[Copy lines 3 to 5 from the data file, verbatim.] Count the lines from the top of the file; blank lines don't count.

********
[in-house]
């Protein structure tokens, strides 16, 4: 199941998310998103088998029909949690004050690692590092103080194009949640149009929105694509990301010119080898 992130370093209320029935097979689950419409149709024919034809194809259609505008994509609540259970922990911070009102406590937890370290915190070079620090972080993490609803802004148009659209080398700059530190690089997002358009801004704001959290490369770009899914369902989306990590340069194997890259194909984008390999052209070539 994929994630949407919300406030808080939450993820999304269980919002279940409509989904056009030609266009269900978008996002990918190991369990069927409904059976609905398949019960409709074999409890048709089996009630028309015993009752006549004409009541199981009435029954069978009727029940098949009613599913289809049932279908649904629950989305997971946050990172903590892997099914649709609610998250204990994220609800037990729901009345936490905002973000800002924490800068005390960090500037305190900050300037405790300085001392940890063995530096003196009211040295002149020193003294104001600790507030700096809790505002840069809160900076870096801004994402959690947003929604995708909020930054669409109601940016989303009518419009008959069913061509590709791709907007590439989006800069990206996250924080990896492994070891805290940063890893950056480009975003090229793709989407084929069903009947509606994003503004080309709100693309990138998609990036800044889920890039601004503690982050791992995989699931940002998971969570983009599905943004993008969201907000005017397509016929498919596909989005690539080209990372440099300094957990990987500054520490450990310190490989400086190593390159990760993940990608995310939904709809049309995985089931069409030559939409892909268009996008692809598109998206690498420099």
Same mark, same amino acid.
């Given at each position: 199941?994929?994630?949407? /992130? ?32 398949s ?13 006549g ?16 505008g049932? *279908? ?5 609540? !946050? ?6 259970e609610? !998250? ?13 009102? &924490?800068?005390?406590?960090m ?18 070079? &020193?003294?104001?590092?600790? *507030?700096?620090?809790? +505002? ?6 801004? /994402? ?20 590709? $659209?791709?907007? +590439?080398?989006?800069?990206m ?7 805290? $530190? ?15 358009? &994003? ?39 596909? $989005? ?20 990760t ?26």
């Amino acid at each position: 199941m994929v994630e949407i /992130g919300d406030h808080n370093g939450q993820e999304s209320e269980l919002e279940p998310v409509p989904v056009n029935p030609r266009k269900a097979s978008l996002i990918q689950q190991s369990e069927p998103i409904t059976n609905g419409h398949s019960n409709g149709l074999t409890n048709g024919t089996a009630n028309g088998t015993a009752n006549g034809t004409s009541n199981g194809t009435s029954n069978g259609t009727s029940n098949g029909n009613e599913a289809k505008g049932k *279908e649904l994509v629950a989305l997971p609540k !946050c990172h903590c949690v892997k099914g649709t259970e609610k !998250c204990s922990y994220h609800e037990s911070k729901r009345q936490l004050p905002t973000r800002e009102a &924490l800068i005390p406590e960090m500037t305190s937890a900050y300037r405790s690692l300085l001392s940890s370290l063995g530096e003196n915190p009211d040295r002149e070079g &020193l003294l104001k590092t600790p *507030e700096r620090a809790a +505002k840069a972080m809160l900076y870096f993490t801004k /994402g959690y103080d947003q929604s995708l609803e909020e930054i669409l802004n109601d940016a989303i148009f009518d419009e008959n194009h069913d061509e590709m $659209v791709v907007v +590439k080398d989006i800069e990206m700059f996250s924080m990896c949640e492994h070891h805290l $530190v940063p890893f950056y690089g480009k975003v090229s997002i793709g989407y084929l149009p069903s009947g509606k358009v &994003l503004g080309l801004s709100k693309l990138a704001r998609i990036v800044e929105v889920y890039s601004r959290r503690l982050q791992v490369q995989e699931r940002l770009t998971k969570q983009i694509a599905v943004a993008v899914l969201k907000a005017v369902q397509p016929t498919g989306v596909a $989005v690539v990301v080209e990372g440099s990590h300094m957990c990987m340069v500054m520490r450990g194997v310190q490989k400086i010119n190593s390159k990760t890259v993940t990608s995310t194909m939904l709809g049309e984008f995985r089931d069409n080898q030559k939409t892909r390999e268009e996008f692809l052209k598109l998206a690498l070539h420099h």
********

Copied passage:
Same mark, same amino acid.
């Given at each position: 199941?994929?994630?949407? /992130? ?32 398949s ?13 006549g ?16 505008g049932? *279908? ?5 609540? !946050? ?6 259970e609610? !998250? ?13 009102? &924490?800068?005390?406590?960090m ?18 070079? &020193?003294?104001?590092?600790? *507030?700096?620090?809790? +505002? ?6 801004? /994402? ?20 590709? $659209?791709?907007? +590439?080398?989006?800069?990206m ?7 805290? $530190? ?15 358009? &994003? ?39 596909? $989005? ?20 990760t ?26």
């Amino acid at each position: 199941m994929v994630e949407i /992130g919300d406030h808080n370093g939450q993820e999304s209320e269980l919002e279940p998310v409509p989904v056009n029935p030609r266009k269900a097979s978008l996002i990918q689950q190991s369990e069927p998103i409904t059976n609905g419409h398949s019960n409709g149709l074999t409890n048709g024919t089996a009630n028309g088998t015993a009752n006549g034809t004409s009541n199981g194809t009435s029954n069978g259609t009727s029940n098949g029909n009613e599913a289809k505008g049932k *279908e649904l994509v629950a989305l997971p609540k !946050c990172h903590c949690v892997k099914g649709t259970e609610k !998250c204990s922990y994220h609800e037990s911070k729901r009345q936490l004050p905002t973000r800002e009102a &924490l800068i005390p406590e960090m500037t305190s937890a900050y300037r405790s690692l300085l001392s940890s370290l063995g530096e003196n915190p009211d040295r002149e070079g &020193l003294l104001k590092t600790p *507030e700096r620090a809790a +505002k840069a972080m809160l900076y870096f993490t801004k /994402g959690y103080d947003q929604s995708l609803e909020e930054i669409l802004n109601d940016a989303i148009f009518d419009e008959n194009h069913d061509e590709m $659209v791709v907007v +590439k080398d989006i800069e990206m700059f996250s924080m990896c949640e492994h070891h805290l $530190v940063p890893f950056y690089g480009k975003v090229s997002i793709g989407y084929l149009p069903s009947g509606k358009v &994003l503004g080309l801004s709100k693309l990138a704001r998609i990036v800044e929105v889920y890039s601004r959290r503690l982050q791992v490369q995989e699931r940002l770009t998971k969570q983009i694509a599905v943004a993008v899914l969201k907000a005017v369902q397509p016929t498919g989306v596909a $989005v690539v990301v080209e990372g440099s990590h300094m957990c990987m340069v500054m520490r450990g194997v310190q490989k400086i010119n190593s390159k990760t890259v993940t990608s995310t194909m939904l709809g049309e984008f995985r089931d069409n080898q030559k939409t892909r390999e268009e996008f692809l052209k598109l998206a690498l070539h420099h």